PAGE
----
Are you wondering how to organize senior care for an elderly parent who’s a Georgia resident? You might be getting by at the moment with the help of friends and family for guidance, but have you considered making a long-term care plan?
For 2019, Genworth calculated the monthly senior care cost in Georgia to be approximately $1.5k for adult day health care, $4k for a home health aide, and $7k for a nursing home. They project these numbers will double in just 25 years.
If you don’t want to leave everything to chance, then it’s time to consider a long-term senior care plan. We’re going to explain the key elements that need to be in place to give you and your elderly parent peace of mind. Read on!
Before you get completely wrapped up in the smaller details of day-by-day senior care, it’s best to have some important documents prepared. These will make certain decisions easier down-the-road because they will have already been made in advance.
Another reason to prepare legal documents before you need them is cognitive decline. With one in three American seniors developing dementia, it’s best to make important legal decisions as soon as possible.
Long term estate planning doesn’t end at the last will, but it should start with one. Alternatively, a living trust can be established, which passes property immediately to named beneficiaries upon death, avoiding court.
There is an additional document called a living will, or advance directive. Rather than dealing with the distribution of assets after death, it deals with future medical decisions that you might not be in a position to make. Along these lines, a durable health-care power of attorney is a document that enables you to appoint a person to make all your health care decisions.
Guardianship and power of attorney (POA) are similar, in that a person is appointed as decision-maker in the event of mental incapacitation. The big difference is that when you create a POA, you get to make the choices about who will be in charge or managing your affairs and how. If you don’t have a POA, then your family may be forced to file a guardianship/conservatorship proceeding in probate court and ask the judge to appoint someone to manage things for you, and that someone may not be the person you would choose.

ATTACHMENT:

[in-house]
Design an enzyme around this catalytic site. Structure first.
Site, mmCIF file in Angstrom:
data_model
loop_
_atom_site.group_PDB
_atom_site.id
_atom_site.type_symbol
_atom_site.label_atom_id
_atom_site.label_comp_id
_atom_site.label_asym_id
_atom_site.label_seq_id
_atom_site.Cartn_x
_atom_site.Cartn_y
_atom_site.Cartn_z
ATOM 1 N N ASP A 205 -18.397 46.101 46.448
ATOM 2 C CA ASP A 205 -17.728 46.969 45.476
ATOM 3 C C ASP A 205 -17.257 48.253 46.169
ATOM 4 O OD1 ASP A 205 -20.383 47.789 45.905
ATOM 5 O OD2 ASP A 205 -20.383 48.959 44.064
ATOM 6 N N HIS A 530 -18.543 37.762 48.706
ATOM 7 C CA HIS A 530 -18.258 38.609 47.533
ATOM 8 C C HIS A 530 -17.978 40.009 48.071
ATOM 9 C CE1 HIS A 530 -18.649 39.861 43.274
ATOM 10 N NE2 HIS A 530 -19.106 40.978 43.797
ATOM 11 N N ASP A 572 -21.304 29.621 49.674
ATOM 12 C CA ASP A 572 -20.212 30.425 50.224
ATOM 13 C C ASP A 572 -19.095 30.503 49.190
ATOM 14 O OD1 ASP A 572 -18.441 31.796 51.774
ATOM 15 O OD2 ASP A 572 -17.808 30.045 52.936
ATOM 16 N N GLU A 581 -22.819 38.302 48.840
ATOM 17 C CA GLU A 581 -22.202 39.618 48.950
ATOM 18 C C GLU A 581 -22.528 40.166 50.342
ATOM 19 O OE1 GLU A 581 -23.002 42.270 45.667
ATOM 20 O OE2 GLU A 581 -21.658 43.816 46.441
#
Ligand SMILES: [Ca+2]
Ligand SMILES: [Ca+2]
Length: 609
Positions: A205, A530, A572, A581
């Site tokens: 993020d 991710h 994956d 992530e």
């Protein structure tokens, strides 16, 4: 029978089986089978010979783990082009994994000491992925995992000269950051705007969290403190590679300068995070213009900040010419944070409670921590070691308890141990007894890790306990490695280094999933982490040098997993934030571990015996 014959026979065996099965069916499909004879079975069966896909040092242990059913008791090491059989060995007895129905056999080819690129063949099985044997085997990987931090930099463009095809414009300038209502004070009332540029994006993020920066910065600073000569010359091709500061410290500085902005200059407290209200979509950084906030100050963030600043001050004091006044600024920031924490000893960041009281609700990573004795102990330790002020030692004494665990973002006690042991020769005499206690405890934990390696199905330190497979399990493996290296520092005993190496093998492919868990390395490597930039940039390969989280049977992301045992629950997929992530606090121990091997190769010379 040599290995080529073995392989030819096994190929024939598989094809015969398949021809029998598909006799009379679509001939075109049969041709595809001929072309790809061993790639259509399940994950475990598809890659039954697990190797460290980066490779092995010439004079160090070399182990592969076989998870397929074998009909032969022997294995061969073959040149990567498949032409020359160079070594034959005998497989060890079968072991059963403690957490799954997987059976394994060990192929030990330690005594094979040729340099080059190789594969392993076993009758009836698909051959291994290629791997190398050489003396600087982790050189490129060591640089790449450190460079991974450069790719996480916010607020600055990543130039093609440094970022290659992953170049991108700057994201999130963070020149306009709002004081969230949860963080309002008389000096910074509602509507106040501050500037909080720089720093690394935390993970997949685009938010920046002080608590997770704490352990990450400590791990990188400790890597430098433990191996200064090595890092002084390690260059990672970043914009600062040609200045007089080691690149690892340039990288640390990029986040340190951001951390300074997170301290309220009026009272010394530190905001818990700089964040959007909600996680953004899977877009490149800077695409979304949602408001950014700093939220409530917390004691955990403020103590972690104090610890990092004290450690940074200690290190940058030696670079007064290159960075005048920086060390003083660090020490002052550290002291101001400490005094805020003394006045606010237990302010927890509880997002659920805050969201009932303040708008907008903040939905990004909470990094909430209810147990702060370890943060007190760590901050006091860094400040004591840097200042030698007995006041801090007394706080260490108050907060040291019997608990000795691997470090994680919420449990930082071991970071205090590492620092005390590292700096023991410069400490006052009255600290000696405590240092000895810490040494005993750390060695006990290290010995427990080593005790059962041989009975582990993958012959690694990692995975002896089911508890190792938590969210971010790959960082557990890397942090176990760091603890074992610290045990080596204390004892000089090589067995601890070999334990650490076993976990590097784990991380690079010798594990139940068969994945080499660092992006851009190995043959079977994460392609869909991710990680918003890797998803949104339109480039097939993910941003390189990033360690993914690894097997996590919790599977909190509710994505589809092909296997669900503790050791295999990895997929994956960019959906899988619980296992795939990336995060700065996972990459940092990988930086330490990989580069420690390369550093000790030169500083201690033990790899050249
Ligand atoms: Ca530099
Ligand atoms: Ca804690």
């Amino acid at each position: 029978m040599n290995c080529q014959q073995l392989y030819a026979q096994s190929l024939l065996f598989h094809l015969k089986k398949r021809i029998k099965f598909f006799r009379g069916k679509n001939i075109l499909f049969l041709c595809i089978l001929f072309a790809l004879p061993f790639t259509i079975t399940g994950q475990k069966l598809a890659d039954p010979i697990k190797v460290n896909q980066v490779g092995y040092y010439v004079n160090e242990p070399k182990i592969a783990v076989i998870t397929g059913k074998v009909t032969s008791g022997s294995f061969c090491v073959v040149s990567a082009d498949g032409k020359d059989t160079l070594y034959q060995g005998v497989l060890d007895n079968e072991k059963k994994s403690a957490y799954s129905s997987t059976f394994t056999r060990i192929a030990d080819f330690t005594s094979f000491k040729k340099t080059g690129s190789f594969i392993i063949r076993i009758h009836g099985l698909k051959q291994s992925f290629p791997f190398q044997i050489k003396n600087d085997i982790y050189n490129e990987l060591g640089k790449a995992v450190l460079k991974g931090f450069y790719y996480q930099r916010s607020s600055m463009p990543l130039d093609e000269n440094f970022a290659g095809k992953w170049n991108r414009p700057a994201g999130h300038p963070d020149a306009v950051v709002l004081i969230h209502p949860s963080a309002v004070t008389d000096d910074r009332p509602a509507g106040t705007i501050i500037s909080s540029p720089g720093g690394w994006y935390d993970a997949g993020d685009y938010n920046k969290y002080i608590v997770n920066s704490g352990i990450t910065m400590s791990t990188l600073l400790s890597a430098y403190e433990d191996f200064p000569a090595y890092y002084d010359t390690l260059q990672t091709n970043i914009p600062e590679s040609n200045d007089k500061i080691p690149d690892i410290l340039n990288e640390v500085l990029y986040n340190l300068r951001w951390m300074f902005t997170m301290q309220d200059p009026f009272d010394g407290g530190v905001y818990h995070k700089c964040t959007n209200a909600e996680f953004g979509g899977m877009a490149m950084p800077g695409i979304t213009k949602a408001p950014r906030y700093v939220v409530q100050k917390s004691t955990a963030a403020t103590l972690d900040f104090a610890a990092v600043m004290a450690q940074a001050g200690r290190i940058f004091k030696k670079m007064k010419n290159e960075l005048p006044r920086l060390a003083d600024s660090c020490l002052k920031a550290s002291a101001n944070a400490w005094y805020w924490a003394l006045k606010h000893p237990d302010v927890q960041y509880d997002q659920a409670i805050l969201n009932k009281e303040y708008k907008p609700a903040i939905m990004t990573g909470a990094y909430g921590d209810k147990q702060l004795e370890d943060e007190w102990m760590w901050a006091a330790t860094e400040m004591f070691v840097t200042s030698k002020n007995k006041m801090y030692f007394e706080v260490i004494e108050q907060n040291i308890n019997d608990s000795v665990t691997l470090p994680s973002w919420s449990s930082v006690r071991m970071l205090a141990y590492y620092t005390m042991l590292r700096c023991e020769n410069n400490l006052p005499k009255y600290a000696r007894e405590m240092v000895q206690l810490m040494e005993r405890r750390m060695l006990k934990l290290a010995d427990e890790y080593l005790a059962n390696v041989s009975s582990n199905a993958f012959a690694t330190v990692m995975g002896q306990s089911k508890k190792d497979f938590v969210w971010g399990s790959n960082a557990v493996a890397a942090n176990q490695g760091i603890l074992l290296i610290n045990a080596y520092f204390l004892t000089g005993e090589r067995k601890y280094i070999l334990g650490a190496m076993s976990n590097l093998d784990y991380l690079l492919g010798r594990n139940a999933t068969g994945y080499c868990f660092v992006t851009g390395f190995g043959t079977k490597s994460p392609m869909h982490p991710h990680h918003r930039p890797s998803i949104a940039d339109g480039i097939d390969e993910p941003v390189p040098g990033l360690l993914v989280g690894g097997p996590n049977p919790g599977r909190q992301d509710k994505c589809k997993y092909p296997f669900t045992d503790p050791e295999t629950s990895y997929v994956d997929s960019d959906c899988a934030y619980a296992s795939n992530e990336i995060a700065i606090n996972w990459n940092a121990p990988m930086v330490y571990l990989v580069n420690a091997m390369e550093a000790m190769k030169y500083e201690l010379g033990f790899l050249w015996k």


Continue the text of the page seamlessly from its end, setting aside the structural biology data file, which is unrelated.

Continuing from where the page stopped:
Guardianship/conservatorship is a difficult process and it’s best to hire a long term care plan lawyer to assist you with that.
There’s probably no part of the senior care plan more stressful than working out how to pay for everything.
In most cases, there isn’t one way and financial resources have to be pooled. Even if you have long-term care insurance, it might not cover everything without dipping into personal savings. Medicaid, Medicare, and veteran benefits might also factor in.
If you can’t figure it out, a senior care attorney will be able to help you come up with a plan.
While the primary focus of long term care plans might be on all the paperwork mentioned above, activities of daily living (ADLs) are an important part of the equation. If your loved one chooses to age in place (live in their own home), then how are you going to plan for your elderly parent’s daily needs?
Family members may want to provide care themselves or augment/replace with a home health aide. While personal care needs will be the same for everyone, the level of assistance will vary greatly person-to-person and over time.
Wherever possible, always try and have the elder do as much as they can themselves, to maintain their independence and dignity. If they are still physically able to shop with assistance and run errands, then they should be involved. This social interaction in the community will give a positive boost to their mental well being.
Consider safety issues both before and as they arise. Anything that will lower the risk of injury should be done, especially in regards to falls. As bone-density declines in seniors, they are particularly prone to falls, especially as eyesight and coordination also begin to fail.
Preventative measures that can be taken around the home include grab-bars in the bathroom, taping of rugs, and removal/relocation of all trip hazards. Moving their bedroom downstairs and having them live on the ground floor is far safer than repeated risky climbs up and down, even with their caregiver.
Obtain any devices that will make their life safer, such as a gait belt for transfers, a walker for stability, or handrails in the hallway. Make sure they get into the habit of using these mobility aids and always position them easily within their reach whenever possible.
Always keep a positive mindset and attitude, especially around the senior you are caring for. If there are issues between certain members of the family, don’t let these caregiver emotions spill out and impact the senior. Depression is common in seniors, so be careful of anything that might trigger a low mood.
If you’re providing senior care long term, don’t forget to look after your mental health. See if there are any local caregiving support groups if you feel like you can’t cope.
All family members should be involved in the care budget to keep potential conflict to a minimum. If family members need to financially/physically supplement the care, it should be done fairly.
If additional help from family is not an option, see if there are any friends of the senior who can help in small ways. This will relieve some pressure and also provide valuable friendship and support to both you and the senior.
Senior Care Lawyers
The best senior care starts with solid legal documents and sound financial planning, but a supportive family network is important to meet daily needs. Don’t get overwhelmed by trying to do all of this on your own.
If you’re the family member of a senior in Georgia, we can help you with your senior care plan. We focus our practice exclusively on estate planning, elder law, and special needs, delivering a superior planning experience.
Contact us today to schedule an appointment.